Along the route, work is underway to build seven disabled-friendly toilets, a two-metre sidewalk and a two-metre cycle lane. Aryal says that there are plans to lay a stone path, make a garden and keep lights.
He says the sattals and temples being built along the river corridor will be handed over to the metropolitan city by mid-July. But, the work has not started on the city government’s side because the temple of Brihaspati Baba near the Thapathali bridge has not been removed.
The two metropolitan cities have coordinated projects and the Department of Archeology has lent its technical assistance. However, the route has not been completed and, hence, has not come into use.
The department’s Director-General Damodar Gautam says the department has no role in the current work. “There are many heritage sites of archaeological importance along the route, which will remain under our protection. We took the responsibility only of the designs of the sites,” he says.
Stating that the work of the Hanumandhoka-Swayambhu heritage trail should be completed soon, he shares there would be many benefits in the future if the plan can connect the heritage sites of the core city too.
“The decision to build the heritage route is important in terms of cultural tourism; we welcome it as an implementing unit,” he says, adding, “Other state bodies, especially the local governments, should play a role in accomplishing this and take ownership.”
According to him, surveys will be conducted to identify the main routes and auxiliary routes now. It will start by finding the heritage sites including temples, hitis, choks and phalchas that lie along the route between Kasthamandap and Swamyambhu. “The department will pay special attention to the issue of historical and archaeological importance, but the rest of the infrastructure including toilets and bicycle lanes should be looked after by other state bodies.”
Optimistic yet sceptic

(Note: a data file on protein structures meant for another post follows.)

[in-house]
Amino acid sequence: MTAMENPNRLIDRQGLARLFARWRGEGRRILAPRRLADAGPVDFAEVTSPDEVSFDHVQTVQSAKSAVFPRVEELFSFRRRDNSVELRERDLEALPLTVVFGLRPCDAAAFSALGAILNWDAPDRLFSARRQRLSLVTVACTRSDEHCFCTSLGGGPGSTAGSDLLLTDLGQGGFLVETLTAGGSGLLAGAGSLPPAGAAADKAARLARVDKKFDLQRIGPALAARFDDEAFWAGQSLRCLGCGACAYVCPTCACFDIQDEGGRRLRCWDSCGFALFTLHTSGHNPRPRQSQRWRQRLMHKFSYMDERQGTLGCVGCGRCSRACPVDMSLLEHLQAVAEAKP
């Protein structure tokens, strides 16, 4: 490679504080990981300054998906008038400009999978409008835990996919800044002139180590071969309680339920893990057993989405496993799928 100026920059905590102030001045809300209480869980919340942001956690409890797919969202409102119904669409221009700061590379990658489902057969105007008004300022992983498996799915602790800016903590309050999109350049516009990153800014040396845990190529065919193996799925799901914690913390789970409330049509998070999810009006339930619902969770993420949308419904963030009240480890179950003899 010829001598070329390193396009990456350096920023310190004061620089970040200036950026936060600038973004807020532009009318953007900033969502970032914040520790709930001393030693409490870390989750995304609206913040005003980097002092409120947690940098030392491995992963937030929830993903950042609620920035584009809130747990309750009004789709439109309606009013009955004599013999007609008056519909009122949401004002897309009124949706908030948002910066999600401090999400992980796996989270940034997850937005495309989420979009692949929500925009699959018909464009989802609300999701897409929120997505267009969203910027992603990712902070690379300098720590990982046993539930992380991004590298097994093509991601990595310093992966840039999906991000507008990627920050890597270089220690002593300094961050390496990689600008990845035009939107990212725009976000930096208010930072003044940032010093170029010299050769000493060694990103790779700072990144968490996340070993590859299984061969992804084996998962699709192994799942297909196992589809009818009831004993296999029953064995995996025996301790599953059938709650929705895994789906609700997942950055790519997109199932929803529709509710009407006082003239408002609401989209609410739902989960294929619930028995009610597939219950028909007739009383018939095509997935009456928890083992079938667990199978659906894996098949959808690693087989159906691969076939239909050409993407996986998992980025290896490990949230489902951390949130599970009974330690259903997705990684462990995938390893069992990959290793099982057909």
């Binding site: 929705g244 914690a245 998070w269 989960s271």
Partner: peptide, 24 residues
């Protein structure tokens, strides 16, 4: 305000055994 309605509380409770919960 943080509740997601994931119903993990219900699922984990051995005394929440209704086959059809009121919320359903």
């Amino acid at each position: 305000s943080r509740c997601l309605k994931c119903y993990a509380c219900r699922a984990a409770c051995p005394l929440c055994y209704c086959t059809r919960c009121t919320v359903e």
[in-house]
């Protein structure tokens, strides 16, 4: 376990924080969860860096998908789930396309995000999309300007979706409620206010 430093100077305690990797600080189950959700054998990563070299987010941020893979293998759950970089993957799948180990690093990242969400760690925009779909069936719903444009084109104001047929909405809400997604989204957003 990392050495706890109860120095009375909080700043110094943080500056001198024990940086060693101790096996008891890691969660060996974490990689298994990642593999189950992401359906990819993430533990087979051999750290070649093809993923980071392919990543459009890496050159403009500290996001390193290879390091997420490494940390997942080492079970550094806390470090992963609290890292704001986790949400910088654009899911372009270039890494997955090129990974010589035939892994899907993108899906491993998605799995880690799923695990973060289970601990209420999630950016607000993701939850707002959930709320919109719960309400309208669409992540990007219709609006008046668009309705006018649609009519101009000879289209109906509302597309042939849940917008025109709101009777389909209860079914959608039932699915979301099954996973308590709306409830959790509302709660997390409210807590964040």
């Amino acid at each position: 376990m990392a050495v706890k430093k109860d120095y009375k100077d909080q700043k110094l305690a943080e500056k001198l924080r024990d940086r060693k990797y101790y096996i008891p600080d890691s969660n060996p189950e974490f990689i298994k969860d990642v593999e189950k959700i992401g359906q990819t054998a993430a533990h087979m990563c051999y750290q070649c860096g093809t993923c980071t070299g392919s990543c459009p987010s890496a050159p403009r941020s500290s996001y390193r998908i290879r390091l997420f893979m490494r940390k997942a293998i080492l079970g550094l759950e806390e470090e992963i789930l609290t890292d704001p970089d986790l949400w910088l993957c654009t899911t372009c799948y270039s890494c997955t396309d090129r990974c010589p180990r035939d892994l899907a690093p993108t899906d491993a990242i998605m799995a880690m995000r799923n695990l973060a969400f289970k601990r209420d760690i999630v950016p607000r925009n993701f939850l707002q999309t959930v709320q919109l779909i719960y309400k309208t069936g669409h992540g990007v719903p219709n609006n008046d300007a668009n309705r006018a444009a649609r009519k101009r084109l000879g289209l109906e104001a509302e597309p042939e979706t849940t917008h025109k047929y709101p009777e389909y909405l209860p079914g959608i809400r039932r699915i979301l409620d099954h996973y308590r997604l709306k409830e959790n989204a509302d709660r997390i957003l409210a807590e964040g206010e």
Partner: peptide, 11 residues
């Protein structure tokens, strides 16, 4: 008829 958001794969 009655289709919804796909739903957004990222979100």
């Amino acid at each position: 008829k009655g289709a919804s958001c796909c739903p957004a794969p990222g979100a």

Heritage activists say the two world heritage sites should be declared a no-vehicle zone and should be free for tourists can walk freely along the heritage trail. According to Ganapati Lal Shrestha, a road has been proposed connecting Hanuman Dhoka to Swayambhu via Maru-Dhokatole-Naradevi-Bhurungkhel.
“The inner-city routes can also be connected to this main route as there are ancient streets and squares. Tourists should be able to realise this and walk. Currently, the tourists who reach Hanumandhoka or Basantapur go to Swayambhu by vehicle; we need to change their perspective.”
He also predicts that the tourists will stay for a long time only after the heritage trail is completed. He argues that it will also help trade in the inner city. “The inner routes should be studied further and used more creatively. There are a lot of possibilities for tourists to roam around the inner city with the help of heritage police”
Hopeful, Shrestha says, “Previously, the work went against the cause of heritage conservation in Swayambhu. But, Minister Jeevan Ram may have decided on the heritage trail not for popularity but for real work. Let’s see how it goes through.”
This story was translated from the original Nepali version and edited for clarity and length.